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Realtor helps kids dealing with food insecurity in Montgomery Co.

Jeremy Lichtenstein started Kids in Need Distribution, also known as KIND, to address a staggering need in one of the country's richest counties.

MONTGOMERY COUNTY, Md. — More than 40,000 children in Montgomery County just don't have enough to eat. One organization working to bring that number down is Kids in Need Distribution, also known as KIND. The team at KIND is doing its part to make an impact on young lives.

"This county is full of incredible poverty," said Jeremy Lichtenstein, KIND's founder. "I grew up in this county and it's been one of the richest counties in the United States -- whether it be Fairfax or Montgomery County, it's always one and two. Then I started doing some follow-up research and I said, 'Oh my God,'" he said.

That's when the father of two and Bethesda-based realtor started KIND, with the belief that child hunger is intolerable.

"At the time, I think like 10 years ago, we had about 150,000 kids on a free and reduced meal plan in Montgomery County schools, which is about a third of the kids in the schools, which completely blew my mind," Lichtenstein said.

He got to work right away, starting with one elementary school.

"I called my kid's principal when they were going to school. I asked him if I could do a pilot program at his school, which was delivering food for the neediest kids," Lichtenstein said. "He said sure. I talked to the counselor and she said, 'There's 37 kids I can think of right off the top of my head, why don't we start with that'"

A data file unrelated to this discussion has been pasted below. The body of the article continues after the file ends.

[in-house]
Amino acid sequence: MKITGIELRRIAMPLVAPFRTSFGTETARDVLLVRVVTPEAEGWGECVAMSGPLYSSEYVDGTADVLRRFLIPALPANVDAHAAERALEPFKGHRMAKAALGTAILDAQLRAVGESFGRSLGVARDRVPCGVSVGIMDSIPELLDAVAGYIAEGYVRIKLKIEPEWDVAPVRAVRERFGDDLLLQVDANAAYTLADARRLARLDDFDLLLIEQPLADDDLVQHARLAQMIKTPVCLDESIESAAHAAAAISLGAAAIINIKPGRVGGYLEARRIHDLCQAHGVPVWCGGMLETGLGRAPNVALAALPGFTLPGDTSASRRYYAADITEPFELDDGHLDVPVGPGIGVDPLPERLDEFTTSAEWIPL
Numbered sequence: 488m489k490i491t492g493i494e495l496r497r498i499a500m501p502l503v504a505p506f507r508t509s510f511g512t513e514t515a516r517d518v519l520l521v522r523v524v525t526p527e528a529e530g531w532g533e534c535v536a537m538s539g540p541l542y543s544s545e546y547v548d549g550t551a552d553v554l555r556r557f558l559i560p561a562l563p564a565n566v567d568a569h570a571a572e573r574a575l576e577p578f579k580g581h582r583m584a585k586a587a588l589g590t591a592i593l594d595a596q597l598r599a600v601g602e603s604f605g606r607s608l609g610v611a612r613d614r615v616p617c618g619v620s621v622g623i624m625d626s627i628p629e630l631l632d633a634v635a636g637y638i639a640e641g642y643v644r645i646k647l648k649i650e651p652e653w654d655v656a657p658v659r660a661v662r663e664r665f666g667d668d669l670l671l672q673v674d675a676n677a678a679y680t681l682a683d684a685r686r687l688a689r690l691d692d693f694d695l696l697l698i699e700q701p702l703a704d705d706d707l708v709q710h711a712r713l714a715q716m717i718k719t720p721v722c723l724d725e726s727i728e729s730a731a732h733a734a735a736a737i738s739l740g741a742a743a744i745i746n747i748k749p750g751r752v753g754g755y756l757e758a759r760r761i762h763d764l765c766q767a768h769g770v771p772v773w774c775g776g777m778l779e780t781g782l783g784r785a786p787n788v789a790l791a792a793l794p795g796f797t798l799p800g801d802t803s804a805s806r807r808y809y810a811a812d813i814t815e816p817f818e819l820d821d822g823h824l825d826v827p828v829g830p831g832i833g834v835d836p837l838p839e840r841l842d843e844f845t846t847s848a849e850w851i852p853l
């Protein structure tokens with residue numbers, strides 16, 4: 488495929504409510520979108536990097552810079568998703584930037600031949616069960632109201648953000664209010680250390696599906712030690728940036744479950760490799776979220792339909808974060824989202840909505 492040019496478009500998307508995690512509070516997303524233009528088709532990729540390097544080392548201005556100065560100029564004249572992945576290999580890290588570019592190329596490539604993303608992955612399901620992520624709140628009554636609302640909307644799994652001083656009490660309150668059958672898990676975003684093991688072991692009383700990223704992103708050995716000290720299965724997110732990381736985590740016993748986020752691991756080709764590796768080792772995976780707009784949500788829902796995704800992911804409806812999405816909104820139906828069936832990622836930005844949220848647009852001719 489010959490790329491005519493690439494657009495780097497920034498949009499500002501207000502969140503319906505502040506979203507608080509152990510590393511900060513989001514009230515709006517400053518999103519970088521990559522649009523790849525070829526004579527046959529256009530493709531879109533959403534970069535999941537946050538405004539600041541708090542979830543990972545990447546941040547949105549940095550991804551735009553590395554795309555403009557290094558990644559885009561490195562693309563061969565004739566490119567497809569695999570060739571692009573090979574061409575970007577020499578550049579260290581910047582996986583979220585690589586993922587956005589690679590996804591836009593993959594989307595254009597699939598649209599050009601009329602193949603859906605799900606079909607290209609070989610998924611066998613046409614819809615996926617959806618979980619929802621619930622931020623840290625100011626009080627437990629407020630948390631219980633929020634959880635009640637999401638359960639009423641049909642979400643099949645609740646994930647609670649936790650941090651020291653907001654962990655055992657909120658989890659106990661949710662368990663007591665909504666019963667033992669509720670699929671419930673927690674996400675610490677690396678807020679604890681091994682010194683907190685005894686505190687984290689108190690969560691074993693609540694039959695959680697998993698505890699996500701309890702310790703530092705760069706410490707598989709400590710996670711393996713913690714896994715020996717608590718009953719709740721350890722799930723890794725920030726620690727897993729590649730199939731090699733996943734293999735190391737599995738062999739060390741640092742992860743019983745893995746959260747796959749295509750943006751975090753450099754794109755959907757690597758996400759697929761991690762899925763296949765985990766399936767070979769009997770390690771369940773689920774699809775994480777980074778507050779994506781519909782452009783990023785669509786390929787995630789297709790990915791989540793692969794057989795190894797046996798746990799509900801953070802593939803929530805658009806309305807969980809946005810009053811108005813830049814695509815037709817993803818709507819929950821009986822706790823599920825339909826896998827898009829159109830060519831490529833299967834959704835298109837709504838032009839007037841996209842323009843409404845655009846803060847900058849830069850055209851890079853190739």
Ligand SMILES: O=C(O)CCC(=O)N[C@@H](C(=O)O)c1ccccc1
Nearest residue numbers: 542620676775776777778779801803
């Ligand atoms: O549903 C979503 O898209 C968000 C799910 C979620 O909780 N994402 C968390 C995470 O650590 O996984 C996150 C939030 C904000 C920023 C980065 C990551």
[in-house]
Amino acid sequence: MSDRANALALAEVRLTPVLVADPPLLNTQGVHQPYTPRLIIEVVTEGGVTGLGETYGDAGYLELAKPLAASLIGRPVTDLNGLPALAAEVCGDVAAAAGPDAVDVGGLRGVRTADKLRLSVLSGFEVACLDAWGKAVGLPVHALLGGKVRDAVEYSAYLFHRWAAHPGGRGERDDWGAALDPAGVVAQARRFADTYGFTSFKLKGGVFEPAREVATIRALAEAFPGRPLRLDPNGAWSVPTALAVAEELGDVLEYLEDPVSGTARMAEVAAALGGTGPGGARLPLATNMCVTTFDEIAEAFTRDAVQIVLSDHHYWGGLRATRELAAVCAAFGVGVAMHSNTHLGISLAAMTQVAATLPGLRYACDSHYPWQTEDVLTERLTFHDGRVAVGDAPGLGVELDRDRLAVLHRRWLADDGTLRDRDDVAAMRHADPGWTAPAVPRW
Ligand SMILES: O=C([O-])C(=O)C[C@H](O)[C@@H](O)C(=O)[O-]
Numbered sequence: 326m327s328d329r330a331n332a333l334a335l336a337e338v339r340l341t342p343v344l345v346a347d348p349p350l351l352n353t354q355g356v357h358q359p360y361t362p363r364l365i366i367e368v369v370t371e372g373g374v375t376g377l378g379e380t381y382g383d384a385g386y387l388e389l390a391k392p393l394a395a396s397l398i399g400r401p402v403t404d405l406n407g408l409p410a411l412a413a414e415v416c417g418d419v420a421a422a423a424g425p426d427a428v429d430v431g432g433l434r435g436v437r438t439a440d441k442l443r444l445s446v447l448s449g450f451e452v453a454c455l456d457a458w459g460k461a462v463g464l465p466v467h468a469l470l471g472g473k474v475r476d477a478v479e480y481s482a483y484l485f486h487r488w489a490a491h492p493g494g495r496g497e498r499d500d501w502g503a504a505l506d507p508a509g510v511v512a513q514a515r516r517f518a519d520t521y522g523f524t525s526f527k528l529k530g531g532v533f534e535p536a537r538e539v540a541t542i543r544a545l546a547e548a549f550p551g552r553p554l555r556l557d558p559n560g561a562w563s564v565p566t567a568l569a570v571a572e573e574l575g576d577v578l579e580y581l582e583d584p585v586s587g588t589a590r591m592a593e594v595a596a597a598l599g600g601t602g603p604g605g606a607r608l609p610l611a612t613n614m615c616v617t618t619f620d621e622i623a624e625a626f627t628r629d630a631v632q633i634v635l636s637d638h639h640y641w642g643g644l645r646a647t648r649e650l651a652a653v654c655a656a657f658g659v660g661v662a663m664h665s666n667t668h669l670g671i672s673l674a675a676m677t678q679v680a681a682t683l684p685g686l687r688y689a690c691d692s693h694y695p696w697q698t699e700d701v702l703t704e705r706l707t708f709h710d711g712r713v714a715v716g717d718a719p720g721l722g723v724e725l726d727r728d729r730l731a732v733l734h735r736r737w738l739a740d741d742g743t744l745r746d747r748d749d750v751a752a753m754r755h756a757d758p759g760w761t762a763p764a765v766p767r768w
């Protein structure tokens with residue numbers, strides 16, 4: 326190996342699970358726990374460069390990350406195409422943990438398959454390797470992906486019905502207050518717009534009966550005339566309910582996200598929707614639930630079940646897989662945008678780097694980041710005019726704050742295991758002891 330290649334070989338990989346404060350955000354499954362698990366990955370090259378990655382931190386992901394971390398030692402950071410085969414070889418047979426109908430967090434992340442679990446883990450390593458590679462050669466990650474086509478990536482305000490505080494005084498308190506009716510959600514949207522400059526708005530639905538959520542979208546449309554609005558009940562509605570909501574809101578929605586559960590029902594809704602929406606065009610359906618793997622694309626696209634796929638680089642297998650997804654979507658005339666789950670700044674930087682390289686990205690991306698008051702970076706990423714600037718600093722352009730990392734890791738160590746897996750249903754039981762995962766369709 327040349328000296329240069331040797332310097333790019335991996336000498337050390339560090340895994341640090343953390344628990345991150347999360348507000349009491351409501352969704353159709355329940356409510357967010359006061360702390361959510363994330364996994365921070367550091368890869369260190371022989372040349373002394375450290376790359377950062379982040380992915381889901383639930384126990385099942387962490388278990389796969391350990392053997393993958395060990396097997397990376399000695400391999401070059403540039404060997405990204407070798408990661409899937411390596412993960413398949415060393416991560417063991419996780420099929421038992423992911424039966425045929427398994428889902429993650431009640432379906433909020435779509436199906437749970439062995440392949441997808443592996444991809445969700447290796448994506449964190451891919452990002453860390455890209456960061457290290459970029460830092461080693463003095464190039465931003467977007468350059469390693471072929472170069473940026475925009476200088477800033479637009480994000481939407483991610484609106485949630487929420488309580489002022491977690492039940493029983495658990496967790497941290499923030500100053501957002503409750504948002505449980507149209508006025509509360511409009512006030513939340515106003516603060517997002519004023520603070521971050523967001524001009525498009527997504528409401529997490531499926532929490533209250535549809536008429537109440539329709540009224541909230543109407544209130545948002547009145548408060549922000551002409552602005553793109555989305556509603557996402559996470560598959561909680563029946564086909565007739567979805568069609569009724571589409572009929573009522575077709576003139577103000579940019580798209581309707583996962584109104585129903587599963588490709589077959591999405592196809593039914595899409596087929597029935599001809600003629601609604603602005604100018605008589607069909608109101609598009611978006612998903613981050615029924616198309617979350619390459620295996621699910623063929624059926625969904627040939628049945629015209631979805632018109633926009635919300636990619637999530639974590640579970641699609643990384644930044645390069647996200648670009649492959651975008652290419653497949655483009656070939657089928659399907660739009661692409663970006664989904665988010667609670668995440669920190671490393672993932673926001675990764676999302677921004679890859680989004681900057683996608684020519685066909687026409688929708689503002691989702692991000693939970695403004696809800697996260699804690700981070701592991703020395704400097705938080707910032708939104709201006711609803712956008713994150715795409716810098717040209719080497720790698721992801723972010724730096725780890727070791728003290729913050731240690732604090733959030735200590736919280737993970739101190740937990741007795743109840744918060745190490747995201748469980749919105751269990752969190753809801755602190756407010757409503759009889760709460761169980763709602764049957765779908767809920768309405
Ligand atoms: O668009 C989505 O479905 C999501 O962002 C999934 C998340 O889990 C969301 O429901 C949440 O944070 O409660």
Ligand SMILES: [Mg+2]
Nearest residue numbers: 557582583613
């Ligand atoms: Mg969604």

Borrowing a friend's pickup truck, he began making trips to the grocery store and dropping off food items for students supported by the free and reduced meal program. 

His efforts continued to expand. KIND now serves 27 schools and about 3,000 students. KIND has dozens of volunteers and a fleet of at least 50 vehicles. 

The need is great. Lichtenstein says in some of the schools he works with, 97% of the school is on the free and reduced meal plan. When schools were closed during the pandemic, the need was even greater.

In the 2020-2021 school year alone, KIND provided nearly $400,000 in assistance to students.

"Schools were closed for a long time and the kids need food, families need food, so we pivoted to gift cards from local grocery stores," Lichtenstein said. "It was almost like we never missed a step."

Lichtenstein said it's the heartwarming letters from the families expressing gratitude that keep him going strong. As long as there's a need, KIND is ready to serve. 

"If we weren't in so much need, I'd probably back off a little bit, but I just want to feed as many kids as I can feed as fast as I can."

WUSA9's next Giving Matters food drive is on Wednesday, July 27, at the Giant on Rockville Pike. You can come out and donate from 6 a.m. to 6:30 p.m. All food donations will benefit the Manna Food Center.

Credit: WUSA9

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